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I have a cure for the “Eli Travel Curse”

Dear Reader,

IMG_0370If you are a speaker in the PHP community, you know about “The Eli Travel Curse”. For everyone else, basically we all know that you never ever travel on the same flight as Eli White. Heck, most of us won’t share a cab with him to the airport, and we get nervous if we see him at an adjacent gate, or even traveling on the same day. :) This makes traveling to PHP conferences tough because Eli is a beloved fixture at most conferences. Dont get me wrong, we all love Eli, but he has the absolute worst luck in traveling.

I’m happy to say that I have a cure for those who are “Eli adjacent” when traveling. The picture above is my magic talisman.

WAIT! Before you realize you recognize what it is and rush out to get yours, this is a special talisman that can’t be simply purchased off the shelf. Yes, this is the talisman that comes on most bottles of Pyrat Rum. However, this particular one is off a bottle of Pyrat rum given to me by Eli himself.

Eli and I share a couple of common points in our job timeline. The first one was that I preceded him as the Editor-in-Chief for Zends DevZone. As a thank you for some small pieces of advice I gave him while he was at Zend, Eli presented me with a bottle of Pyrat Rum at ZendCon 2009; this is the talisman from that bottle. I’ve had this talisman hanging on every backpack or bag I carry with me since then. I keep it with me to remind me of this important lesson.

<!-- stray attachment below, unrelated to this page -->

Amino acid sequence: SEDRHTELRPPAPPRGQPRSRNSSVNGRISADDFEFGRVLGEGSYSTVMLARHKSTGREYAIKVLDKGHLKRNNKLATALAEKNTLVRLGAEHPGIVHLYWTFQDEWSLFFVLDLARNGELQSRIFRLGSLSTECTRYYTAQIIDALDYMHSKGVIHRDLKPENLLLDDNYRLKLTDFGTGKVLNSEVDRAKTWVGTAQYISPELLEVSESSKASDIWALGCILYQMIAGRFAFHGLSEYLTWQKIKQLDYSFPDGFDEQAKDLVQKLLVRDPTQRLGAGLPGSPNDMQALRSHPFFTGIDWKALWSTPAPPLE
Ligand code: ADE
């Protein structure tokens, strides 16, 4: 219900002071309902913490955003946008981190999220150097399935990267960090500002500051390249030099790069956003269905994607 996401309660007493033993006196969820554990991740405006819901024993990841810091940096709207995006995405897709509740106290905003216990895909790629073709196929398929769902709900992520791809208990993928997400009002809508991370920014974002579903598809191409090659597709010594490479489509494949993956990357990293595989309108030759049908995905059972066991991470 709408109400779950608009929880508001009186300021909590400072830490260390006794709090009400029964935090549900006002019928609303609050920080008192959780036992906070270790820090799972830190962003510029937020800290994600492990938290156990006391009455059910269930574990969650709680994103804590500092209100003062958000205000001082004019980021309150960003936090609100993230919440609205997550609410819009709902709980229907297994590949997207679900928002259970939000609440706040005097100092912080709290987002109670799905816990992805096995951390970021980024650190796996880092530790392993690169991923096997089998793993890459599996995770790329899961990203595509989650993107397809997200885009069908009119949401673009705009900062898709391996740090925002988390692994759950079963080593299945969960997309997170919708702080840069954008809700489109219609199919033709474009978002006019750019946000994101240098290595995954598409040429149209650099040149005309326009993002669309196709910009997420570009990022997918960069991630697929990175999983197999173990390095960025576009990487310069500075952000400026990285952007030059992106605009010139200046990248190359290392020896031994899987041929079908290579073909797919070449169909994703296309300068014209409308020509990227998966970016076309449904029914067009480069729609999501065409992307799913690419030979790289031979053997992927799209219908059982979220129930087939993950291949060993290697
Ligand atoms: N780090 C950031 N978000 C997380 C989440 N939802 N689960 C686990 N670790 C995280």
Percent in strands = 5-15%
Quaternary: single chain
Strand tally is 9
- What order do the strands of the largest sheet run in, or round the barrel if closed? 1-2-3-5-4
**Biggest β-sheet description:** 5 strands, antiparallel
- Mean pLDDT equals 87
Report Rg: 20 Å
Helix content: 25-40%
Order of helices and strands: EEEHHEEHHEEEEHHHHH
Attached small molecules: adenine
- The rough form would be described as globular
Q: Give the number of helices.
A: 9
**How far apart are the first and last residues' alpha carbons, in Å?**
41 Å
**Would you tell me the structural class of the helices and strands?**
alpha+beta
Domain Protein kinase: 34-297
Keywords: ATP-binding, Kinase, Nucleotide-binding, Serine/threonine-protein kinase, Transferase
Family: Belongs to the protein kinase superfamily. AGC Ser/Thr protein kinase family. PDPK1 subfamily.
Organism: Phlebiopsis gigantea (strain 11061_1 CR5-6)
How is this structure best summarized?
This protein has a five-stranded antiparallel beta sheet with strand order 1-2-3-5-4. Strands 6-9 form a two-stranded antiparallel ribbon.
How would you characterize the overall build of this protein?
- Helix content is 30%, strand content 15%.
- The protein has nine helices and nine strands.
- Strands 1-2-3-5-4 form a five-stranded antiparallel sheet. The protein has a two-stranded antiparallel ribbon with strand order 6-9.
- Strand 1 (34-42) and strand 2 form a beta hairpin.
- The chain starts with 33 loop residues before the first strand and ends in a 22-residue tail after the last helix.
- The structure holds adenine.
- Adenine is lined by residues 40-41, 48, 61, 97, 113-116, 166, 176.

No matter who asks you, and no matter how insignificant you think your help is, you have no idea how much or little affect others when you help them. So help everyone you can, as often as you can.

Since I hung this little gift from Eli on my backpack, my travel woes have been cut significantly.

  • I’ve not had a flight canceled
  • I’ve not been stuck in a strange city
  • I’ve only had a handful of flights delayed…way down from pre-talisman days

Now you can attribute all of this to the fact that the airline industry is getting better at service. You can say it’s because I now primarily fly Southwest and they have a very good track record. Me? I know the real answer.

Takeaways

  1. I would have never received my magical talisman if I hadn’t been willing to help a friend when he asked. Since then I’ve learned that it doesn’t have to be a friend, I do my best to help everyone who asks…and a few who don’t.
  2. If you want to be safe in your travels, you gotta get Eli to give you a bottle of rum. :)

Helping people, it cured the Eli travel curse for me! :)

Until Next Time,
I <3 |<
=C=

p.s. Pyrat Rum is now one of my favorite rums of all times. Good stuff if you can find it.

Don’t Hire PHP Community Members!

Dear Reader,

It is no secret that I spend a lot of time promoting the PHP Community. It is a vibrant, helpful and friendly community and I’ve said before that I believe it to be one of the most important assets of the PHP language.

I’m also a realist though; I’ve built teams and I’ve hired developers. I know what it takes to put together good teams, I’ve even written down my thoughts on hiring and managing developers elsewhere. I have experience in this area and I have strong opinions. I am going to share one of those opinions with you right now.

Don’t hire developers who are active members of the PHP Community.

PHP community members solve problems